fold."
CARLS
0 JcwishStylc #
DELICATESSEN 6 RESTAURANT
. Carl, Heleen, &
Lot Us Cator Rachel Ceciie Eichen, Owners
Your Next Party!! (813) 530.3536
Just Ewt of Mchar
SMOKED FISH Mth. VMto*.
PARTY TRAYS /-> 230S Em My Drtw
BEER & WINE -----|gj----- ci.w.t. fl llM
THE TOAST
OF THE
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(SOS) 841-4154
BOWLERS!!
Clearwater Men's B'nai B'rith
Mt WE NEED YOU!
Wednesday Nights Countryside Lanes
Five-Man Teams Full Teams Welcome
NEW MEMBERS DUES SUBSIDIZED
For Information Call Evenings
797-2892_______
In a few short weeks the High Holy Days will be
fitah Holiday Tickets Available
We are also open to accept a limited number of
"eW ^^CONSERVATIVE SYNAGOGUE under the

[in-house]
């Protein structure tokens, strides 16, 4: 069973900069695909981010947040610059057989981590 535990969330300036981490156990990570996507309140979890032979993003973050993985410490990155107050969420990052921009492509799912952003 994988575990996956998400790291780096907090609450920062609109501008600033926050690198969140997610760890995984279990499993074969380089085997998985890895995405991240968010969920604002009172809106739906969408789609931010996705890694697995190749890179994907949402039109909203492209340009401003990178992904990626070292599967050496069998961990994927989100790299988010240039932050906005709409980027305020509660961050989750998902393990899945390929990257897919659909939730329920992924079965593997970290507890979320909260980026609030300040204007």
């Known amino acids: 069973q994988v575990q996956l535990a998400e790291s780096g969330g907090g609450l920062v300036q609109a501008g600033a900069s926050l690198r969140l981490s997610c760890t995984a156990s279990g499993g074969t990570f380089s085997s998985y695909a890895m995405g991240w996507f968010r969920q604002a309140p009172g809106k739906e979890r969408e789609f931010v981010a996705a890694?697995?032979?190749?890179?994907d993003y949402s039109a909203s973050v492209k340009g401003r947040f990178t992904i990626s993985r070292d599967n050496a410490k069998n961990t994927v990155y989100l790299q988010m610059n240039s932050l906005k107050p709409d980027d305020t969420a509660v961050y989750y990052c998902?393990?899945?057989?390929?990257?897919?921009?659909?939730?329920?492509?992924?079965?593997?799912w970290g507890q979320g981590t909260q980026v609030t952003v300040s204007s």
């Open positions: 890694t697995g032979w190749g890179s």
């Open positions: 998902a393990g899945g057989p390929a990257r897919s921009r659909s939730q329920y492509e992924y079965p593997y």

,^&2SraE -srae. DvorK.n. We invite
your participation.
Beth Sholom Membership Is Affordable
For information please call Synagogue 321-3380
0r Bernie Wolk
JohnBromwich 360-1956
864-1307
Under Supervision Vaad Hakashrut Pinellas County
JO-EL'S
Specialty Foods
2619 23rd Ave. No St. Petersburg, Fla. 33713
A Happy and Healthy New Year from
JOEL and ELLEN GOETZ
Sinai 48 Freeze-R-Pakt Meats j
Hebrew National Meats & Poultry
Empire Kosher-many new items j
Deli Counter- under Rabbinical supervision
Appetizing Section fresh smoked fish I
Kosher Wines and Kosher Cheese
HOLIDAY SPECIALS:
1 lb. Sinai so 00 1st Cut
''Dinner Franks Z.M Brisket
12 oz. Sinai S4 QQ 2nd Cut
Franks liOOw. Brisket
2 lb. Sinai sc CQ Shoulder
Salami O.OSJ i Roast
$4.99,
s2.95,b
s3.19.b
Mon.-Th. 9-5 Fri. 9-4 Sun. 9-1
321-3847
**


-vgc :rtr~-rng-jewisn r londian of f inellas County/Friday, September 6, 1985
High Holiday Schedules
The Jewish Federation of
Pinelias County and the Board of
Rabbis encourage all Pinelias
County Jews to join a congrega-
tion and attend service during